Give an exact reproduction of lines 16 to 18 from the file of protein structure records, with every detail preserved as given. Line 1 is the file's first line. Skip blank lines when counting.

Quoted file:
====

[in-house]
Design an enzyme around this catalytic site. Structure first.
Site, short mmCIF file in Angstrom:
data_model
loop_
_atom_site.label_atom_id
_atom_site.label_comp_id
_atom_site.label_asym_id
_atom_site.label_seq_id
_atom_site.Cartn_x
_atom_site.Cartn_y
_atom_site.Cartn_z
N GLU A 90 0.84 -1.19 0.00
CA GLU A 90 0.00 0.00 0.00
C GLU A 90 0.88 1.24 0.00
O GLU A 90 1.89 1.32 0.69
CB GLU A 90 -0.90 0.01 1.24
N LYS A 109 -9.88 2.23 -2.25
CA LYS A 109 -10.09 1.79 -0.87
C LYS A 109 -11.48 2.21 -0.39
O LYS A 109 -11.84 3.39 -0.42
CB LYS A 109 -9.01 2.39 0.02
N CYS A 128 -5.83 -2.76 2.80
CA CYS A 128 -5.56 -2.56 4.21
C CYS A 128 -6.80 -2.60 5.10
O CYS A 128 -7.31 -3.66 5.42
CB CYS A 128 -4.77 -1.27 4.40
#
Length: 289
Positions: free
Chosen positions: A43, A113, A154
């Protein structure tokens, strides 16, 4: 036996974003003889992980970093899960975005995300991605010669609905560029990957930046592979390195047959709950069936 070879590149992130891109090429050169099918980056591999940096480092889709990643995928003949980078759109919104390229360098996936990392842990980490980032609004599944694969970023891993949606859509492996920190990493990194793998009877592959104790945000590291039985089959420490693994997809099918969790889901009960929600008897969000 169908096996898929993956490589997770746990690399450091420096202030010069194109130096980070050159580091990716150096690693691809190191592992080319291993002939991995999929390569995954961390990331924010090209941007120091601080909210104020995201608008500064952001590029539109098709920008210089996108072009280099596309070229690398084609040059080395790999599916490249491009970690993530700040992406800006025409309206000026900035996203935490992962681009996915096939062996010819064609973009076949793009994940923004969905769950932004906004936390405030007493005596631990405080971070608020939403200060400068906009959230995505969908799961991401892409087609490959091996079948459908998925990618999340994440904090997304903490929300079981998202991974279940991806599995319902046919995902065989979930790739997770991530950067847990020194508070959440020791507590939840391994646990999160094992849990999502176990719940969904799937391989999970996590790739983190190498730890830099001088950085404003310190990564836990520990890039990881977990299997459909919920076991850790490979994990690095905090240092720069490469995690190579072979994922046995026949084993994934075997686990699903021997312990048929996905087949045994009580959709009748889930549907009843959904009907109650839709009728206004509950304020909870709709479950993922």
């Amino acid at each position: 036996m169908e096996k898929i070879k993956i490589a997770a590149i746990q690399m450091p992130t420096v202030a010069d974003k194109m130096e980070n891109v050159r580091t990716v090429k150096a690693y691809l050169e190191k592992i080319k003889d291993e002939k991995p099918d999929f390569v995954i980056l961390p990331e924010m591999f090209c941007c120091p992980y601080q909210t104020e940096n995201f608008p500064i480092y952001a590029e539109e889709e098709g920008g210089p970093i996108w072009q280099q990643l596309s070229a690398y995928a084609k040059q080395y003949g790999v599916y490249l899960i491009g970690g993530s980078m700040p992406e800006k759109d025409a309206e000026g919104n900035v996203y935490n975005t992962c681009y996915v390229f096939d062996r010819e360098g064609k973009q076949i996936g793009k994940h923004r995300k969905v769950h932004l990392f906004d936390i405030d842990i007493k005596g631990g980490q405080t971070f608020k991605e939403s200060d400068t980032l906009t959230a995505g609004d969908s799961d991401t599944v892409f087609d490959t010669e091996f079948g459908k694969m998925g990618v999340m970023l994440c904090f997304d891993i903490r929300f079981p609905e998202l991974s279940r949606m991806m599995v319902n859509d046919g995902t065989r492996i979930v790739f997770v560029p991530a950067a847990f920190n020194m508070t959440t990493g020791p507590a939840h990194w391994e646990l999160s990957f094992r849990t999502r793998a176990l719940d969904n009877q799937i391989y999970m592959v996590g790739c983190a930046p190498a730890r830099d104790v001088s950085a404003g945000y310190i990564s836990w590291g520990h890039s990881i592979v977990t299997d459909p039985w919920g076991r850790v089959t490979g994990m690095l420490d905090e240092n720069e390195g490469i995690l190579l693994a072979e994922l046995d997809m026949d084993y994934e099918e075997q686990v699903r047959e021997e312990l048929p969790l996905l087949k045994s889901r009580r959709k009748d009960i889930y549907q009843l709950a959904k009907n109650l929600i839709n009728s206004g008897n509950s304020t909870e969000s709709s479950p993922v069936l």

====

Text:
O GLU A 90 1.89 1.32 0.69
CB GLU A 90 -0.90 0.01 1.24
N LYS A 109 -9.88 2.23 -2.25